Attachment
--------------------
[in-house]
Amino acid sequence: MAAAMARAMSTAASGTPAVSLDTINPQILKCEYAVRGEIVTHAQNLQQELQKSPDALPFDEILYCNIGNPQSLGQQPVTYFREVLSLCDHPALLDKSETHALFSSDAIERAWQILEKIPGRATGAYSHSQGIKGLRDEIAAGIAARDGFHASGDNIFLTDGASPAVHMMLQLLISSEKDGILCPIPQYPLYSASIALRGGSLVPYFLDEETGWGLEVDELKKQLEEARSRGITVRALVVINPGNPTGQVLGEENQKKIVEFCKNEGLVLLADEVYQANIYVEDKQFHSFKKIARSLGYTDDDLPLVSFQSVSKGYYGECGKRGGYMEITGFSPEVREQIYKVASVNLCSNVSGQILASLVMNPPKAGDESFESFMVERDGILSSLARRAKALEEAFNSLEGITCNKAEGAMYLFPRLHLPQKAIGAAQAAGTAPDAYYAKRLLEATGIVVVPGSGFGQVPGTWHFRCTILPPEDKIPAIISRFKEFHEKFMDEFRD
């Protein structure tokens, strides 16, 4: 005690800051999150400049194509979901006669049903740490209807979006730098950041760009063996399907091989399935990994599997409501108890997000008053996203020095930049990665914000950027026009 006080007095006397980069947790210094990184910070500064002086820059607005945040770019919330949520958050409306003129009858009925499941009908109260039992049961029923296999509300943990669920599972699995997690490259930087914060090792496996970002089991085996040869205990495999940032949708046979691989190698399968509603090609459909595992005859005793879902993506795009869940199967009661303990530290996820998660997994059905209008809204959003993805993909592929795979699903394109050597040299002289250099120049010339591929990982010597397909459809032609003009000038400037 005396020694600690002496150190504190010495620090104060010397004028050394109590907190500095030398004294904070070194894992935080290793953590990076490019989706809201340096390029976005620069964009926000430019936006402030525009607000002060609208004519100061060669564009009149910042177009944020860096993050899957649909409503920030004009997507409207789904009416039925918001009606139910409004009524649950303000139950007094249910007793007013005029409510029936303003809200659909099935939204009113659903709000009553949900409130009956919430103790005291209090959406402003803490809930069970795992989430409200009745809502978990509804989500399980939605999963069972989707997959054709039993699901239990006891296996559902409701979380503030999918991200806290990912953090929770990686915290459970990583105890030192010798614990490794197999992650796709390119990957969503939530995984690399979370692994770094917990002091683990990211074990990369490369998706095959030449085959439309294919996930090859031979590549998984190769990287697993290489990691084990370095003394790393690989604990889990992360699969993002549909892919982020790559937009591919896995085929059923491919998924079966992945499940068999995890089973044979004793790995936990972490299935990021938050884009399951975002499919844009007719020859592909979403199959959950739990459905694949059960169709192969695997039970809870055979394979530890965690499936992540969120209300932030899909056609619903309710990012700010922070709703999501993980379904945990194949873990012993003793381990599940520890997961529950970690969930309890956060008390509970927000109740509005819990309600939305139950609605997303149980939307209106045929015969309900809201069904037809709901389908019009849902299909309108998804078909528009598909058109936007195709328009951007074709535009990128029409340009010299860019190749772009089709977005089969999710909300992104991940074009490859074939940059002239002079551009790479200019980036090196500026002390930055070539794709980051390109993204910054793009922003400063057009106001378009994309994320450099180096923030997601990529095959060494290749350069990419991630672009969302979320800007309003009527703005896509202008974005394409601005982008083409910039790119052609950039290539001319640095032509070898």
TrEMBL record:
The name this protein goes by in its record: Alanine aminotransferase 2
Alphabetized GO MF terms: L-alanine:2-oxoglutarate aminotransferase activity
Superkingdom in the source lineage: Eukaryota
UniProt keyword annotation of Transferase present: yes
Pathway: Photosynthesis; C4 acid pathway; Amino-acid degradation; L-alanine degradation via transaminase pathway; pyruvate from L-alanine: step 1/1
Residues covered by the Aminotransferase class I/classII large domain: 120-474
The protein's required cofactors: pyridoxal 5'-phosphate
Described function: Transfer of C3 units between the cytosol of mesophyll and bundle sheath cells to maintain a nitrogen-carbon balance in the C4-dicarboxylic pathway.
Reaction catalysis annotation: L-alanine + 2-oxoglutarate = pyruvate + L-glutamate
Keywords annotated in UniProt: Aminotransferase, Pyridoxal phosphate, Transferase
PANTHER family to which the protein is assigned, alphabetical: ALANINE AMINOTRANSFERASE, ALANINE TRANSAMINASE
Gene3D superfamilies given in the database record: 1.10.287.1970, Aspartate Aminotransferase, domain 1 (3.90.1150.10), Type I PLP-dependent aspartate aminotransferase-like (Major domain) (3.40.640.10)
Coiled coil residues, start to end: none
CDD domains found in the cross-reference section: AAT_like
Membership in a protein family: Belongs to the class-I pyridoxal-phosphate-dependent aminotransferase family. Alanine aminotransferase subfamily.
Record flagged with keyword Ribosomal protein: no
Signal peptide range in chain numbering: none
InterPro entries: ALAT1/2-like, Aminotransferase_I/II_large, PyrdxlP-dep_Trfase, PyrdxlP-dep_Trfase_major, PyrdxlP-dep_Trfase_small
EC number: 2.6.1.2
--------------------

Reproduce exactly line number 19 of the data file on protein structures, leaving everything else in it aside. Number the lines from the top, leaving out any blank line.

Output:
Membership in a protein family: Belongs to the class-I pyridoxal-phosphate-dependent aminotransferase family. Alanine aminotransferase subfamily.